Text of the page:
Compare any two graphics cards:
GeForce 8400 GS 512MB vs GeForce GT 430 (OEM)
IntroThe GeForce 8400 GS 512MB has a GPU clock speed of 650 MHz, and the 512 MB of DDR2 RAM runs at 400 MHz through a 64-bit bus. It also is made up of 16 SPUs, 8 TAUs, and 4 ROPs.
Compare all that to the GeForce GT 430 (OEM), which has a clock frequency of 700 MHz and a GDDR3 memory frequency of 900 MHz. It also makes use of a 128-bit memory bus, and makes use of a 40 nm design. It features 96 SPUs, 16 Texture Address Units, and 4 Raster Operation Units.
(No game benchmarks for this combination yet.)
Power Usage and Theoretical Benchmarks
Power Consumption (Max TDP)
Performance-wise, the GeForce GT 430 (OEM) should theoretically be quite a bit superior to the GeForce 8400 GS 512MB in general. (explain)
Texel RateThe GeForce GT 430 (OEM) will be much (more or less 115%) faster with regards to anisotropic filtering than the GeForce 8400 GS 512MB. (explain)
Pixel RateThe GeForce GT 430 (OEM) is a small bit (about 8%) faster with regards to AA than the GeForce 8400 GS 512MB, and capable of handling higher resolutions without losing too much performance. (explain)
Please note that the above 'benchmarks' are all just theoretical - the results were calculated based on the card's specifications, and real-world performance may (and probably will) vary at least a bit.
Please note that the price comparisons are based on search keywords - sometimes it might show cards with very similar names that are not exactly the same as the one chosen in the comparison. We do try to filter out the wrong results as best we can, though.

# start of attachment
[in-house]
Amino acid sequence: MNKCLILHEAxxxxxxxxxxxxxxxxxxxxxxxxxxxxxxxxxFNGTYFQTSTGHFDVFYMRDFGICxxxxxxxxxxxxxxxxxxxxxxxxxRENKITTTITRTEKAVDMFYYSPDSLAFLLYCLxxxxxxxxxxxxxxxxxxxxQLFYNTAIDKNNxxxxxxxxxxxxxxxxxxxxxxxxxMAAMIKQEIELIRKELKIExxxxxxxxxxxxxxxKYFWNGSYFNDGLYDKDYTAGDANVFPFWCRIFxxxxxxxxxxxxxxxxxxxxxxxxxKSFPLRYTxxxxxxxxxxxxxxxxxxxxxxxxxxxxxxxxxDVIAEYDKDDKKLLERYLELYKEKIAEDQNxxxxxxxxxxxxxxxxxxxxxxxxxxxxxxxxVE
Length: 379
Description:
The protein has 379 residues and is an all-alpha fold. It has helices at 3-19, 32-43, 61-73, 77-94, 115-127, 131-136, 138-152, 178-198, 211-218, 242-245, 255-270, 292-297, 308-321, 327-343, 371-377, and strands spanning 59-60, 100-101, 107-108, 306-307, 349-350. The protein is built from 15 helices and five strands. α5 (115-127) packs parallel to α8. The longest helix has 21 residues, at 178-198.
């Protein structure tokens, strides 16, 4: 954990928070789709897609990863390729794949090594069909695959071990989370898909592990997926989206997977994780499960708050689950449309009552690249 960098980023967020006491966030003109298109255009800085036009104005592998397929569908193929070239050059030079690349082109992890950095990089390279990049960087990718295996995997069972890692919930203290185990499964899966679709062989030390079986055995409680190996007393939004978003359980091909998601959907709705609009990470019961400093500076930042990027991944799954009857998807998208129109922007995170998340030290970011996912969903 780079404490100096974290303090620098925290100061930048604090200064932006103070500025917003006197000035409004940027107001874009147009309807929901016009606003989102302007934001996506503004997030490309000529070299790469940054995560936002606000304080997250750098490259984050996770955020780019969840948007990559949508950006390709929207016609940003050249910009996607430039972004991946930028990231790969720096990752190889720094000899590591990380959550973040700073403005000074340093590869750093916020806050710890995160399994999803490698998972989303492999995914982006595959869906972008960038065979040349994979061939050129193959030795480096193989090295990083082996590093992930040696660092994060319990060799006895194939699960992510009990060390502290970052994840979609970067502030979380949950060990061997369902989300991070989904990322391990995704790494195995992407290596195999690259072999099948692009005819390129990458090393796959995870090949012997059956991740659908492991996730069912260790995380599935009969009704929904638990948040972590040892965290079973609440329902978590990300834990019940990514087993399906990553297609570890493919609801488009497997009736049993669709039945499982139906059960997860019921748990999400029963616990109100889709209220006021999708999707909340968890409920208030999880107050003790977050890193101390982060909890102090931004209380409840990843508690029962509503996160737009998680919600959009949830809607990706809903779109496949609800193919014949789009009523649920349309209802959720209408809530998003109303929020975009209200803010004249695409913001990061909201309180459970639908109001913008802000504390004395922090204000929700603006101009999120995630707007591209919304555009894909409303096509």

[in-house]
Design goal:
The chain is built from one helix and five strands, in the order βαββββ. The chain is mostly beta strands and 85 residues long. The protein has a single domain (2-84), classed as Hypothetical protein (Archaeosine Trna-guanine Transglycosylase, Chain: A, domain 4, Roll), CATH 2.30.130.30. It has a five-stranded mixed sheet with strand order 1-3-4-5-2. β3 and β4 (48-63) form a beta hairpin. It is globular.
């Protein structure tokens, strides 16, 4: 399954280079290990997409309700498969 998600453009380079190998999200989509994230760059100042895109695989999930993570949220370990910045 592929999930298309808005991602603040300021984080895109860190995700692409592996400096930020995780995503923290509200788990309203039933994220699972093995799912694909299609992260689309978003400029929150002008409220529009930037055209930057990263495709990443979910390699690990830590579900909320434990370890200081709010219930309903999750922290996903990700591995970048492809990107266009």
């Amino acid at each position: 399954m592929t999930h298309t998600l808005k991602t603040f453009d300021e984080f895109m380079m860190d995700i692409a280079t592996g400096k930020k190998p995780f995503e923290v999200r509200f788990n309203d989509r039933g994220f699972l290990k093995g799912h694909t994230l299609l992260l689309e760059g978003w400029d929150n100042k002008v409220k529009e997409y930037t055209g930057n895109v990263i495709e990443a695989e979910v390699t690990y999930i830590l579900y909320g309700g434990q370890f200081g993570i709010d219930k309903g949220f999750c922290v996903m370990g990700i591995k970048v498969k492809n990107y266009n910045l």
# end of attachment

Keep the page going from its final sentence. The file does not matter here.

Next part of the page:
Memory Bandwidth: Memory bandwidth is the maximum amount of data (counted in MB per second) that can be transferred over the external memory interface in one second. It's calculated by multiplying the card's bus width by its memory speed. If it uses DDR memory, it should be multiplied by 2 again. If it uses DDR5, multiply by 4 instead. The higher the bandwidth is, the faster the card will be in general. It especially helps with AA, High Dynamic Range and higher screen resolutions.
Texel Rate: Texel rate is the maximum texture map elements (texels) that can be processed in one second. This is worked out by multiplying the total texture units by the core clock speed of the chip. The higher this number, the better the graphics card will be at texture filtering (anisotropic filtering - AF). It is measured in millions of texels applied in a second.
Pixel Rate: Pixel rate is the maximum number of pixels that the graphics chip could possibly record to the local memory in a second - measured in millions of pixels per second. The figure is calculated by multiplying the amount of Raster Operations Pipelines by the the core speed of the card. ROPs (Raster Operations Pipelines - also called Render Output Units) are responsible for filling the screen with pixels (the image). The actual pixel rate is also dependant on lots of other factors, especially the memory bandwidth of the card - the lower the bandwidth is, the lower the ability to get to the max fill rate.